Despite enjoying Westerfeld's previous works, and the fact that he was giving a talk/book signing at the bookstore only a mile away from my house, I wasn't planning on reading this book at first (or going to the signing since I already saw him give one a few years ago). But the end of the year rolled around and I wanted to read a few more books that had come out in 2014 and, well, it wasn't going to be the worst thing I had read all year and honestly the promise that something will probably be good is enough to get me reading a story anytime (just look at my recent track record with manga reviews over on OASG, oy vey).
Afterworlds by Scott Westerfeld
Darcy, like so many other people, wrote a book during NaNoWriMo. Unlike many other people, she wrote nearly 100,000 words while juggling her senior year of high school and got a book deal for it. So she's now deferred on college, moved to NYC (since she of course can't just live at home and write the sequel the way she wrote this book) and she, along with her main character Lizzie told in alternating chapters, is going to have a life that is interesting in ways she wouldn't expect.
While I ended up enjoying the book, my initial reaction to it (that this wasn't the story for me) proved correct. It's a fantasy written for high schoolers who dream of being published someday and are eagerly looking forward to (or so they think anyway) to both the highlights and lows of that life. I actually didn't have a problem with the author-related part of Darcy's life, I can easily imagine that there are casual get togethers with authors very plainly talking about their ideas and the scenes from the signing tour were my favorite of the whole book. It was Darcy's personal life which rubbed me the wrong way, while Westerfeld nails the essence of young adulthood (you have all this freedom but man you have to spend it on boring stuff like buying mops) it seemed like he glorified her failures and accidentally sent a weird message while doing so.
Darcy is less put together than I was at her age, yes I may have been in a college instead but I never had as much trouble setting a food budget for myself and sticking to it (I say that as a person who loves food and has a hard time not splurging on it, also as someone who lives in another expensive city I was hugely jealous that her budget for a day's worth of living expenses, $33, is equivalent to an entire week's food budget for me). Afterworlds seems to say that oh you're going to make mistakes and that's okay, they won't be bad enough to merit long-term consequences, at least in some areas such as Darcy's living situation. And these situations don't seem to force Darcy into the kind of character growth that she desperately needs to go through. She's a young adult, that means that there's a lot she doesn't know and one of those things is communication. She's closed-off and surprisingly distrustful for someone coming from a happy, stable life and those traits do bring her some trouble, both the most realistic drama of the book and the kind that made me pull more than a few grumpy faces.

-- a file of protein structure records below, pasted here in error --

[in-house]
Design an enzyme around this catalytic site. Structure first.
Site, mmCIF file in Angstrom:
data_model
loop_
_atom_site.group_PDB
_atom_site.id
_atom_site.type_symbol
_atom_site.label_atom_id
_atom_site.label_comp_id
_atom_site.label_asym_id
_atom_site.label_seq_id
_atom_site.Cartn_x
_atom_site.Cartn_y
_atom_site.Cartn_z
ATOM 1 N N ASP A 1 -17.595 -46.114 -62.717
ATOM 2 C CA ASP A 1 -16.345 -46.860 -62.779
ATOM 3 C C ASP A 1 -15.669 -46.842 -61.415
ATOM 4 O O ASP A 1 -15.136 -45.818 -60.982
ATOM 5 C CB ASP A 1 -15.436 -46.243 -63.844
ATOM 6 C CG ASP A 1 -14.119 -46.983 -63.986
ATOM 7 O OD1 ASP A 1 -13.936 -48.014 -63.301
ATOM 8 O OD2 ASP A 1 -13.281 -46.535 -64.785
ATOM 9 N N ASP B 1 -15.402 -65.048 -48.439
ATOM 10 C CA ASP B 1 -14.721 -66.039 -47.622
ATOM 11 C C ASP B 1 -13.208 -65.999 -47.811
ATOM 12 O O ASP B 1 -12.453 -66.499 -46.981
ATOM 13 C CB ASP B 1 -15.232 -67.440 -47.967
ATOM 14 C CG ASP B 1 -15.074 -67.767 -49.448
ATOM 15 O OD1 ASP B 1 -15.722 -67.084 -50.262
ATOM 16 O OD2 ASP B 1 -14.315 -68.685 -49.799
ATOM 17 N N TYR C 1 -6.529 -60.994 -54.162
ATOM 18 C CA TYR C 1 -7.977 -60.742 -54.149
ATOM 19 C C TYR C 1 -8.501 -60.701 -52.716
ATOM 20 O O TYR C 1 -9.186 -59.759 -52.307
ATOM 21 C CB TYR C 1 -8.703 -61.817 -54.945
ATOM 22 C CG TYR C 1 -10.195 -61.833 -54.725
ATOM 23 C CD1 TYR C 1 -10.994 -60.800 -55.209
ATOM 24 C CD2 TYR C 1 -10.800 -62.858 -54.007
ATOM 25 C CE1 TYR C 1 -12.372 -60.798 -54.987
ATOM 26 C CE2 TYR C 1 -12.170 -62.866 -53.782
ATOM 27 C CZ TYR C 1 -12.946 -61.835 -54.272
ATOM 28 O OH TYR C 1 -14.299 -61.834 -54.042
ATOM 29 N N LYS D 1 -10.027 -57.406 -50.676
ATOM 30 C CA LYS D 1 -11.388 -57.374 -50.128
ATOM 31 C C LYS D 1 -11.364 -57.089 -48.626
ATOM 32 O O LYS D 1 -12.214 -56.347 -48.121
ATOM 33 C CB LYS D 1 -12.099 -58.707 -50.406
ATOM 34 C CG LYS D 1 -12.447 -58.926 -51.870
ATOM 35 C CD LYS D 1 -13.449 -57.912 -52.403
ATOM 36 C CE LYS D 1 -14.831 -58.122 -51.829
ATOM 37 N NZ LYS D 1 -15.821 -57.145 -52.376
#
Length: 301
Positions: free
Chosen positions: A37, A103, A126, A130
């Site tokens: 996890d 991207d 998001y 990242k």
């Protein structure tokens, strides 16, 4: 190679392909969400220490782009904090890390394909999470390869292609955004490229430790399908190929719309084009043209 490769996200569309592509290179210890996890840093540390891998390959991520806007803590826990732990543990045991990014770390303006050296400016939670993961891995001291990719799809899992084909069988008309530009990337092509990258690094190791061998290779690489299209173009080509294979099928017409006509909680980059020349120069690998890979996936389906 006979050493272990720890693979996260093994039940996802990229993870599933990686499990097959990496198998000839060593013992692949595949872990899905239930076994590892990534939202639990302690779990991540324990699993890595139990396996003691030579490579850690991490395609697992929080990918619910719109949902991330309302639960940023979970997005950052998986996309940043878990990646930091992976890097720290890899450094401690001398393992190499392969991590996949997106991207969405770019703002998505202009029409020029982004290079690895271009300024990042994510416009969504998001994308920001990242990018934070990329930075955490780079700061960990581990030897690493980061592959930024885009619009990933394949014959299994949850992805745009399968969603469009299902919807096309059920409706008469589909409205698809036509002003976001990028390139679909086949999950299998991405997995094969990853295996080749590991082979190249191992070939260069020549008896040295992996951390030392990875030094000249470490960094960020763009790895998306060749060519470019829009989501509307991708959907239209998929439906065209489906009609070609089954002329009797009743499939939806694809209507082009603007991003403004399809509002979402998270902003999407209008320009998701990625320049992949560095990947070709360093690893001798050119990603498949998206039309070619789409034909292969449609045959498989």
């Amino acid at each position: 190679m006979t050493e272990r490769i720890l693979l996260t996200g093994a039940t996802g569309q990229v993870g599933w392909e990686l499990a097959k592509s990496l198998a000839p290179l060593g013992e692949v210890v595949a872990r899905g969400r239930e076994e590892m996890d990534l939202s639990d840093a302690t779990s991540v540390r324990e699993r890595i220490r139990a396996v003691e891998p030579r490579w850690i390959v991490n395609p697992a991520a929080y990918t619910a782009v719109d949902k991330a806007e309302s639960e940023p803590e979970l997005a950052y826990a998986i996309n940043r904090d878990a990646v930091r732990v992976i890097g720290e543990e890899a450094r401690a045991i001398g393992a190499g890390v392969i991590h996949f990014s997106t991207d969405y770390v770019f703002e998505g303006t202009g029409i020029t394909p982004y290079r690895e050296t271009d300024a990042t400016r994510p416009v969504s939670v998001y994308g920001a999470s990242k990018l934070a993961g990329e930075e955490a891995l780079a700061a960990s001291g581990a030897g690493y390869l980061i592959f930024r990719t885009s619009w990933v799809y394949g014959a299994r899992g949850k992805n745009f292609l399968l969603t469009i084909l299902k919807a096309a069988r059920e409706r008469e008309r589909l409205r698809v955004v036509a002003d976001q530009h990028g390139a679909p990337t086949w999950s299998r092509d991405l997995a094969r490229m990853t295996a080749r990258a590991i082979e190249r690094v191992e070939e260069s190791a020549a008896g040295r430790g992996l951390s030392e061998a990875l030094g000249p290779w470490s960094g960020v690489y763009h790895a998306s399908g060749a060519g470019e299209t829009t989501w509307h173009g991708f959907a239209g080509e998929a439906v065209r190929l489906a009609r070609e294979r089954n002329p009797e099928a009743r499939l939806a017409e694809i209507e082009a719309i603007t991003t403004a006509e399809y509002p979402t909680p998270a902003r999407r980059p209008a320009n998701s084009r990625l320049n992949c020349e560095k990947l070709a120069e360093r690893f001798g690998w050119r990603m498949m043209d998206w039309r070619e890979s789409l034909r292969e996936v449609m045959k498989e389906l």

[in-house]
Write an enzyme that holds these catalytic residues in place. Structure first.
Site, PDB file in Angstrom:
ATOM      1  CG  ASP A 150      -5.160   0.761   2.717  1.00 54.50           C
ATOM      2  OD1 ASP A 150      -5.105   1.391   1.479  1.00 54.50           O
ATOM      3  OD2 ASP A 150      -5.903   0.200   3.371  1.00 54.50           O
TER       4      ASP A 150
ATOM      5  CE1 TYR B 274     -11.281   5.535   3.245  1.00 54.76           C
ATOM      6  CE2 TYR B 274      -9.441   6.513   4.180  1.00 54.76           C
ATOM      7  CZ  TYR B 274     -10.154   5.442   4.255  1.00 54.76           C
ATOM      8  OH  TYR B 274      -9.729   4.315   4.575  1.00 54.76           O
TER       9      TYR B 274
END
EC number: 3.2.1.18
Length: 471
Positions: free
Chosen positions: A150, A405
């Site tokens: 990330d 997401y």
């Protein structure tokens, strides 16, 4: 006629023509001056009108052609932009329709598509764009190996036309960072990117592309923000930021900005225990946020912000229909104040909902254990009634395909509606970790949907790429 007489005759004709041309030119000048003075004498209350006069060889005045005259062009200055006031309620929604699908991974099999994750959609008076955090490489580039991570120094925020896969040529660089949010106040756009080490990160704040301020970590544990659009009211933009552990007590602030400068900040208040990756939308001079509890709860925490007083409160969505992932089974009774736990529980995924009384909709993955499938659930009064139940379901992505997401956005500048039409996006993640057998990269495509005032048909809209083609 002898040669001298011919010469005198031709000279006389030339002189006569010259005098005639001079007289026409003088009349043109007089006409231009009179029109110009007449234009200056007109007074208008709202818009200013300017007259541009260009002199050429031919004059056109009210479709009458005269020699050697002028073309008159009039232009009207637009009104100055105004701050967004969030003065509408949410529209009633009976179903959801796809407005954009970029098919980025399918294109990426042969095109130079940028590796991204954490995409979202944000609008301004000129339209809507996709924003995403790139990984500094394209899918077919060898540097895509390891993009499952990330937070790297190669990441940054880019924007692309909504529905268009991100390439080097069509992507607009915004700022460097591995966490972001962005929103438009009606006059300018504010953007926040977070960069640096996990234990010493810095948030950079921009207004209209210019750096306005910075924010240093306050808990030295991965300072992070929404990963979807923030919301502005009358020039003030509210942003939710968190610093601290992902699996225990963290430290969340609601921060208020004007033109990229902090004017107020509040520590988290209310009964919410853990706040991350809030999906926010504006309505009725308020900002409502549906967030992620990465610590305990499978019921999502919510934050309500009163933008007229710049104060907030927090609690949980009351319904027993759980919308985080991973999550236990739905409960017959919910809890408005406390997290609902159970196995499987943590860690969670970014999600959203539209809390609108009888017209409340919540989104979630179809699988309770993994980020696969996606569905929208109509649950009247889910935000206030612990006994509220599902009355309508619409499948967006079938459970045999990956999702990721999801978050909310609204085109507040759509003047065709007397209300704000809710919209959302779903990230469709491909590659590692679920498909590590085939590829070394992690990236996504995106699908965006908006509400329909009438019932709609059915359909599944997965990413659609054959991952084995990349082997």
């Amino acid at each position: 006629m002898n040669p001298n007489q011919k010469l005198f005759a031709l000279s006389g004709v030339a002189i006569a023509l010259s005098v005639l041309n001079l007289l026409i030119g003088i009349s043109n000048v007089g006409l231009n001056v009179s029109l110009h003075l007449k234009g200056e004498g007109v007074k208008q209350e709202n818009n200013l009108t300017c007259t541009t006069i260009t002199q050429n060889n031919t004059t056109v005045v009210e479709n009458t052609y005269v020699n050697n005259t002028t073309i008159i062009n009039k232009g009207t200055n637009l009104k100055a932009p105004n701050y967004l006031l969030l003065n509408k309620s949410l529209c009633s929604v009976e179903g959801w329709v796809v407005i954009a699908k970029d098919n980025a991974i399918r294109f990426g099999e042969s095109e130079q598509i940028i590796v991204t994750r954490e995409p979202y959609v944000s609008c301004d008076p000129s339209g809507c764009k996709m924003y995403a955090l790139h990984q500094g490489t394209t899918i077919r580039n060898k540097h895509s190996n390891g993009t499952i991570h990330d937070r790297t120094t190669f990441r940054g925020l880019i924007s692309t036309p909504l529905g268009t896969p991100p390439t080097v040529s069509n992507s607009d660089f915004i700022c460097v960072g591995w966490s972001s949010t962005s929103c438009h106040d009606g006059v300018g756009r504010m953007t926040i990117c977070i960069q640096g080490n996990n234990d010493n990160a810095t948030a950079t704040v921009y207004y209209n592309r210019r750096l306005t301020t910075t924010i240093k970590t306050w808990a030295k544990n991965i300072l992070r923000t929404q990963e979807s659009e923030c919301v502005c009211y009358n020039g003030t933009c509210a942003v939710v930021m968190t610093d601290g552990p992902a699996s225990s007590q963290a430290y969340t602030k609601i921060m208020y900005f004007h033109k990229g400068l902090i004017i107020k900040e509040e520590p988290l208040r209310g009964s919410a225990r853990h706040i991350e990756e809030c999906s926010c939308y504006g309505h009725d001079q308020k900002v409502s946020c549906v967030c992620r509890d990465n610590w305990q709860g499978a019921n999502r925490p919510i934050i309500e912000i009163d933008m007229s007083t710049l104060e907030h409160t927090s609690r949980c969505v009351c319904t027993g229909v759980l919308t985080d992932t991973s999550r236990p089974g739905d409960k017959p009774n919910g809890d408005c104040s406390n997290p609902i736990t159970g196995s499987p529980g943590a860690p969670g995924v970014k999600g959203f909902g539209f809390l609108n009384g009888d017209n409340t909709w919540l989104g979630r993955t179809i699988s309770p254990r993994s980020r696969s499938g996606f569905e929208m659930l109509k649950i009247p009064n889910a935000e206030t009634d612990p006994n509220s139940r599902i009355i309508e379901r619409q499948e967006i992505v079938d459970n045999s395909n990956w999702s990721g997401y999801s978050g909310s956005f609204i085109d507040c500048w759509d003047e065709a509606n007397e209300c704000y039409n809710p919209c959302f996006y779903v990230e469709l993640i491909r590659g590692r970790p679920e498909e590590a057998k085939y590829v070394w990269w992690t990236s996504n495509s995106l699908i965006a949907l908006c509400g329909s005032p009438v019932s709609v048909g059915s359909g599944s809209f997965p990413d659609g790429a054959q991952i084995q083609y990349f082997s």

On the one hand I empathized, I was much more estranged from my family when I was her age, but on the other the story never provided her with the external person saying "suck it up, deal with the fact that your girlfriend has a history" and that's the most dangerous part of this story. Darcy doesn't have a real support network, again she's bad at communicating with her good friends and family, and I'm afraid that the book has accidentally sent the message that you have to be on your own and independent! when you leave home and that you won't need help. That's completely untrue for one thing and as for another, I have so many friends who never did reconcile with their families and are missing that part so it hurts to see someone willfully ignore it. I don't want a 16 year old to read this book and think that they too can live a happy adult life on their own and the book does suggest that a bit.
But that's not the only story in this book, every other chapter is a chapter from Darcy's actual novel, "Afterworlds", and I can't even begin to think of the headaches this must have made for Westerfeld's editor trying to make sure that the pacing would allow for this and to make sure that the details from Darcy's life were present in Lizzie's. I was a bit hesitant at first reading this section, paranormal romance is not my thing and since this was a book that Darcy had written in a mad NaNoWriMo rush, was this supposed to be intentionally bad and a mockery of paranormals? But then I started noticing a few details in there that had clearly come from Darcy's conversations and relaxed, this is supposed to be the final draft of the book and it's a fun story in it's own right. The introduction actually reminded me a lot of Malinda Lo's Adaption but the story soon goes in a fairly different direction (as noted by character's in Darcy's side of the story, seeing the in-character critiques was also amusing), from thriller to romance. It doesn't fully forget it's action-movie like start still has quite a bit of tension but, despite Lizzie's character arc, I find that I just have less to say about her life than I do about Darcy's. Again as expected, this story also wasn't my cup of tea but it was a satisfying read and I do think that the ending nailed it, all of "Darcy's" revisions were well worth it.
I do recommend this book despite my criticisms, it is a fun read and a take on young adulthood that's closer to my own than nearly any other story I've ever read. I just hope people realized that there are some accidental messages in there that should be viewed carefully, and if they enjoy the "Afterworlds" part they really should check out Adaption as well.